Women Behind Bars

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Photo Source: Michael Calas
Anyone recalling those B-movie potboilers about hardened women raising hell in prison—drive-in staples during the 1950s—will get a kick out of this wildly campy send-up. Yet delicious over-the-top performances and director Kurt Koehler's electric staging generate plenty of zany fun for other viewers, as well. This play, by Tom Eyen (librettist for "Dreamgirls"), was a long-running hit in New York (starring drag diva Divine) and in L.A. (starring Lu Leonard) during the 1980s. Oozing with lesbian sensibility, yet filled with enough melodramatic clichés to provide a wide range of satirical barbs, it seems a perfect fit for the gay-focused Celebration Theatre.

Following the renewed success of "Chicago" on stage and screen, this spoof evokes added resonance. Into the harrowing environment of the Women's House of Detention in Greenwich Village, USA, presided over by the sadistic diesel-dyke Matron (played with glorious deadpan gusto by male-drag performer Momma), comes demure and terrified Mary-Eleanor (the pricelessly funny Jessica Goldapple), framed for a crime she didn't commit. How can a pure and vulnerable maiden survive in this hellish den of lechery and vice?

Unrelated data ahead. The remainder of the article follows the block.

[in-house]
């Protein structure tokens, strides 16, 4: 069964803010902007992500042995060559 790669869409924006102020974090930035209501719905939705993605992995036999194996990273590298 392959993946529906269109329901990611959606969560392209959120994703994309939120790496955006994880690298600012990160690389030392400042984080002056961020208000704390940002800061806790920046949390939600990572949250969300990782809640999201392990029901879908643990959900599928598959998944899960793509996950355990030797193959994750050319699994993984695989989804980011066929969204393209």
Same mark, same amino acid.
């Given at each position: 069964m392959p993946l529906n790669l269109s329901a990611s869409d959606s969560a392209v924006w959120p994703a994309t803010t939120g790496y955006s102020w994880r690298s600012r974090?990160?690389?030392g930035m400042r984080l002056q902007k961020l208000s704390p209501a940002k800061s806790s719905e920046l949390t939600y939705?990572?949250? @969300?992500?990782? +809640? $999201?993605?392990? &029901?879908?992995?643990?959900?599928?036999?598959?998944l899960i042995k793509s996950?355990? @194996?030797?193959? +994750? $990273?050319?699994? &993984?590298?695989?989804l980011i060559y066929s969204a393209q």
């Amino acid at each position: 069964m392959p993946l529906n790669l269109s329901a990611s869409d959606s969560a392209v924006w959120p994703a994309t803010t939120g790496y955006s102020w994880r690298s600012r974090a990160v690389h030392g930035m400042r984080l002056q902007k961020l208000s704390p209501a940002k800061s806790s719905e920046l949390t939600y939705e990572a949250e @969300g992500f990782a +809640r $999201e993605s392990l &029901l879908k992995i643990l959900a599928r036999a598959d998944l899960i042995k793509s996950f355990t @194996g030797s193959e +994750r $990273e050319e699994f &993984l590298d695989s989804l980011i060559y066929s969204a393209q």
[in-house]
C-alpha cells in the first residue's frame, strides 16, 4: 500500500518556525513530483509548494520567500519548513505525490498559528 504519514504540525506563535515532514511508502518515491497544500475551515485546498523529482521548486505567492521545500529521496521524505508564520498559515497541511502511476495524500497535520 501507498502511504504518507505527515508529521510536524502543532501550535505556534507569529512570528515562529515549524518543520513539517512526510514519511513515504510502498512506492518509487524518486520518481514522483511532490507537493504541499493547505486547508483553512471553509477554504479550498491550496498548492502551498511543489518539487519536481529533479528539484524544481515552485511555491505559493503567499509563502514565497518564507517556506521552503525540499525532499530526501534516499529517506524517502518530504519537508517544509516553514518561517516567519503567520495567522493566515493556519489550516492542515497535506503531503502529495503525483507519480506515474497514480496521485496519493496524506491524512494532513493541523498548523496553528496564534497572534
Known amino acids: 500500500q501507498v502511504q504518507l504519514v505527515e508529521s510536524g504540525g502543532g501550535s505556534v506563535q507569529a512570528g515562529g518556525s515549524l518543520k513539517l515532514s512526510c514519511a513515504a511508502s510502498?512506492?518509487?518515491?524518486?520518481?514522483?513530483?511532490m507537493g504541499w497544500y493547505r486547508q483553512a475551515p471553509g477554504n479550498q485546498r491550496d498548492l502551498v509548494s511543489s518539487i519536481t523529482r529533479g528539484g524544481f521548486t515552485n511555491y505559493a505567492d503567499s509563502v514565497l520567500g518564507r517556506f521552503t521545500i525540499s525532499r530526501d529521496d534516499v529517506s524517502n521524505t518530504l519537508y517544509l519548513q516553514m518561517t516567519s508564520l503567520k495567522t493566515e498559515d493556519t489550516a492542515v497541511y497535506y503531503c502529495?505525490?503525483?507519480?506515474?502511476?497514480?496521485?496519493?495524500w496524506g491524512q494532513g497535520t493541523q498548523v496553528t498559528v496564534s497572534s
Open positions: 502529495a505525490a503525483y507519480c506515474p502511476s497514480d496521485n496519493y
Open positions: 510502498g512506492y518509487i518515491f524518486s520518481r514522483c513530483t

Momma's performance is a wondrous force of nature. Towering over the inmates like a Sherman tank, barking out orders in an intimidating baritone, and fitted into a outrageous wig that looks like a rocket-launching pad, this actor gives new meaning to the expression "if looks could kill." Joan Crawford and Bette Davis, eat your hearts out. There's also high-flying hilarity in the portrayals of Arianna Ortiz as the fiery Puerto Rican spitfire; Kimberly Lewis as the Gestapoesque henchwoman, particularly in an uproarious curtain speech; Tara Karsian as a super-butch lifer; Mary K. DeVault as a pea-brained floozy; Randi Pareira as a murderous octogenarian; Pip Lilly, in cross-dress, as a tough African-American broad; Dudley Beene, in cross-dress, as delusional Southern belle Blanche; and Dawnmarie Ferrara as a lunatic arsonist. Ted Monte scores in several funny male roles.

Design elements are sublimely evocative, highlighted by a sensational pre-show collage of vintage B-movie trailers. This delightfully deranged show seems certain to please SRO crowds for months to come.

Presented by and at the Celebration Theatre, 7051-B Santa Monica Blvd., Hollywood. Nov. 20–Dec. 20. Thu.–Sat., 8 p.m.; Sun., 3 p.m. (323) 957-1884. www.celebrationtheatre.com.